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Securitisation 2011 Quo Vadis? Presentation to Housing Finance Workshop April 2011.

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Presentation on theme: "Securitisation 2011 Quo Vadis? Presentation to Housing Finance Workshop April 2011."— Presentation transcript:

1 Securitisation 2011 Quo Vadis? Presentation to Housing Finance Workshop April 2011

2 Presentation Overview Historical overview/recap 2008 – a watershed year! 2009 – tentative recovery Way forward/lessons learned Discussion and close

3 Definition… Securitisation Defined “The packing of individual loans and other debt instruments, converting the package into a security, enhancing its credit for the further sale to a third party.” Kendall

4 Securitisation Defined The conversion of illiquid individual loans to marketable securities, which are generally asset backed. The effect then is …….

5 Securitisation Defined In practical terms … Securitisation pulls apart financial transactions and allocates the risk and rewards to those entities that are best able to accept and therefore price for them.

6 EXPORT RECEIVABLES STUDENT LOANS DELINQUENT TAXES ENTERTAINMENT RECEIVABLES HEALTH CARE RECEIVABLES SUB-PRIME AUTO LOANS SOCIAL HOUSING LOANS EMBEDDED VALUE UTILITY RECEIVABLES LOTTERY RECEIVABLES ROAD TOLLS BOAT LOANS EQUIPMENT LEASES INSURANCE PREMIA RV’s HOME EQUITY LOANS TRADE RECEIVABLES AUTO LOANS SMALL BUSINESS LOANS CREDIT CARDS COLLATERAL MORTGAGE OBLIGATIONS COMMERCIAL MORTGAGES RESIDENTIAL MORTGAGES 1970’s Early 1980’s Mid 1980’s Late 1980’s Early 1990’s Mid 1990’s USAUK Canada FRANCESPAIN NETHERLANDS VENEZUELA MEXICO GERMANY, ITALY, TURKEY, ARGENTINA, BRAZIL, INDONESIA, MALAYSIA, THAILAND, SOUTH KOREA, PHILLIPINES, CHINA ETC. Geographic Expansion & Product Innovation Securitisation

7 Securitisation was Stable and reliable source of funding for banks Primary source of funding for non deposit taking institutions Relatively cheap and easy mechanism for raising long term funding Cornerstone of diversified funding strategy But events of 2008 changed all of that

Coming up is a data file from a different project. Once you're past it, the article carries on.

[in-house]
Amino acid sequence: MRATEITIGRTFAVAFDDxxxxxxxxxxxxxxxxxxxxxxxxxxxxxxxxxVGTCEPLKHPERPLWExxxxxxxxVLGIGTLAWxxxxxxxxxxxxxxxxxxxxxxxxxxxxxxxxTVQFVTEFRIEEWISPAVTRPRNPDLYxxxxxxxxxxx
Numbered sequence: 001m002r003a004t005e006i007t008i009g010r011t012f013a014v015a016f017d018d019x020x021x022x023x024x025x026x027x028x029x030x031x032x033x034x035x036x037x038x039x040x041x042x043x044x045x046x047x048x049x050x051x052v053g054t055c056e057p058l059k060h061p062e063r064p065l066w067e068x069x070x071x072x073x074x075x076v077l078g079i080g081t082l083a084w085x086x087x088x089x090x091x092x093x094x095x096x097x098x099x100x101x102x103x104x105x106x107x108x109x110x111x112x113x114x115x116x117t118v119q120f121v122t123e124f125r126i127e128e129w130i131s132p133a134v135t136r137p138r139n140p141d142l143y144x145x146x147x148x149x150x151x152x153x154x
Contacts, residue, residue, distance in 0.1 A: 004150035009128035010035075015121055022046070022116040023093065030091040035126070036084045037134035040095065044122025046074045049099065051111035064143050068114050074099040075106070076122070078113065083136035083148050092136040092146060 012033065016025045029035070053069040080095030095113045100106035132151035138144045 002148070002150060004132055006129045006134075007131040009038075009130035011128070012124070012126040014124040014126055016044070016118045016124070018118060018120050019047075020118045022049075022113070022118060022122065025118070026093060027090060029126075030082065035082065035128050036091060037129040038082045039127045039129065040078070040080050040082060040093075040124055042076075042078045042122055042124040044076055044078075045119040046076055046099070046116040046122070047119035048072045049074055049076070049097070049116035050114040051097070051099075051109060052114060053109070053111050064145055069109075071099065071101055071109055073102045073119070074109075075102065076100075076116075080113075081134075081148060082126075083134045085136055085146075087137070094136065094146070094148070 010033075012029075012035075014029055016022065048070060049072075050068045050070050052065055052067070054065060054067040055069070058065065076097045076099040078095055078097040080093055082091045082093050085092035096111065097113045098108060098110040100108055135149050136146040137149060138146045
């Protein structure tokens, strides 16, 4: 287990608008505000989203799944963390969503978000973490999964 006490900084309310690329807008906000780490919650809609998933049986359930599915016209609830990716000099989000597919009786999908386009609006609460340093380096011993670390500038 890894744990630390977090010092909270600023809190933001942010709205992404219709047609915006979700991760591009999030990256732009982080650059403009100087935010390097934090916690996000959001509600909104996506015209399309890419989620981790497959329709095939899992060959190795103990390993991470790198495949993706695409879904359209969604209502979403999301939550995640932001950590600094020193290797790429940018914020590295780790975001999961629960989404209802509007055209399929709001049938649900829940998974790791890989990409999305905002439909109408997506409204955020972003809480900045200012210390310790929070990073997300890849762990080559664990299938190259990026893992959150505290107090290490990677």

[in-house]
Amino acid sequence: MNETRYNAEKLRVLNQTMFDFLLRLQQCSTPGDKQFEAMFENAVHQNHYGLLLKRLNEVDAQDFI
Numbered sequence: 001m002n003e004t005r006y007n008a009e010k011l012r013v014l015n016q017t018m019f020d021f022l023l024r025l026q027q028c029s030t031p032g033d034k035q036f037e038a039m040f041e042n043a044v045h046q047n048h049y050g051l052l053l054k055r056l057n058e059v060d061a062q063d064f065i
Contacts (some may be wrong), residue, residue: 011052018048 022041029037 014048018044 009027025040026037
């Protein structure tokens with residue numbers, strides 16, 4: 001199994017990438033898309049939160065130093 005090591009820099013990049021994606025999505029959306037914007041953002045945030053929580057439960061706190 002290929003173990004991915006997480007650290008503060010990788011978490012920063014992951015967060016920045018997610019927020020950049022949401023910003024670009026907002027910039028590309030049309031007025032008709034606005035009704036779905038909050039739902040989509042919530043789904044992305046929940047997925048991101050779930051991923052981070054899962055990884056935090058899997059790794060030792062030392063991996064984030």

8 Securitisation Issuance based on Originating Country or Region

9 ABS Sectors in the US

10 European Securitisation by Type of Collateral

11 US Issuance of Asset-Backed Securities

12 Gross Securitisation Issuance

13 US Issuance of MBS & ABS

14 Securitisation Issuance in Europe

15 Global Net Securitisation Issuance

16 Spreads on AAA-Rate European ABS

17 2009 Some signs of recovery Majority of issuances refinance/liquidity initiatives by central banks Some return to normality in credit spreads Majority of activity at short end of credit curve Tentative and greenshoot recovery. Dubai default likely to undermine

18 Credit Spreads on US AAA Securitisation Instruments (in basis points)

19 Global Private-Label Securitisation Issuance by Type (in billions of US dollars)

20 US Private Label Securitisation Issuance by Type (in billions of US dollars)

21 European Private Label Securitisation Issuance by Type (in billions of US dollars)

22 Non-European Private-Label Securitisation Issuance (in billions of US dollars)

23 Lessons Learned Keep it simple/avoid the exotics Reliance on relationships Access to balance sheet funding/equity key Cannot view as only source of funding – not a business model in itself Must be underlying commercial rationale for any transaction “Originate and sell” no longer viable business model Originators/promoters have to have “skin in the game” (CF covered bonds) Greater recourse lending Property (particularly residential) viewed with deep suspicion by investors Long term funding difficult. Focus on early amortising/recycling assets

24 Global Covered Bond Issuance (in billions of Euros)

25 Selected Covered Bond Spreads (in basis points)

26 Lessons for Meena Region is not immune – will take lead from established markets Sentiment in emerging markets more exaggerated and investor appetite transient Lack of liquidity and depth limits investor appetite but market may recover more quickly if investors chase yield Dubai resolution key Greater focus on underlying collateral and strength of issuer, arranger and servicer Property related transactions likely to be difficult

27 Lessons for Rasameel Investors suspicious of “cut and run” schemes View as part of integrated business model and not business model in itself Relationship with investors key Greater reliance on independent due diligence process. Rating agencies no longer viewed as reliable Batten down the hatches - ride out the storm. Consolidate and focus on internal systems and controls Use as recruitment opportunity. Significant human capital freed up as a result of global market conditions 2010 likely to be a tough year – manage stakeholder expectations

28 How should Rasameel respond to these changes? Diversify – cannot rely exclusively on securitisation as funding or business model Develop ancillary business lines Limited scope for pure advisory work – will have to take equity position Servicing and collections ability a new differentiation May need to bolster balance sheet – “flight to quality syndrome” Establish a presence in diversified geographic markets as a risk mitigant Establish diversified liquidity facilities and funding lines Position Company strategically for when upturn comes late 2010

29 Thank You Simon Stockley Mobile +27 (0) Fax


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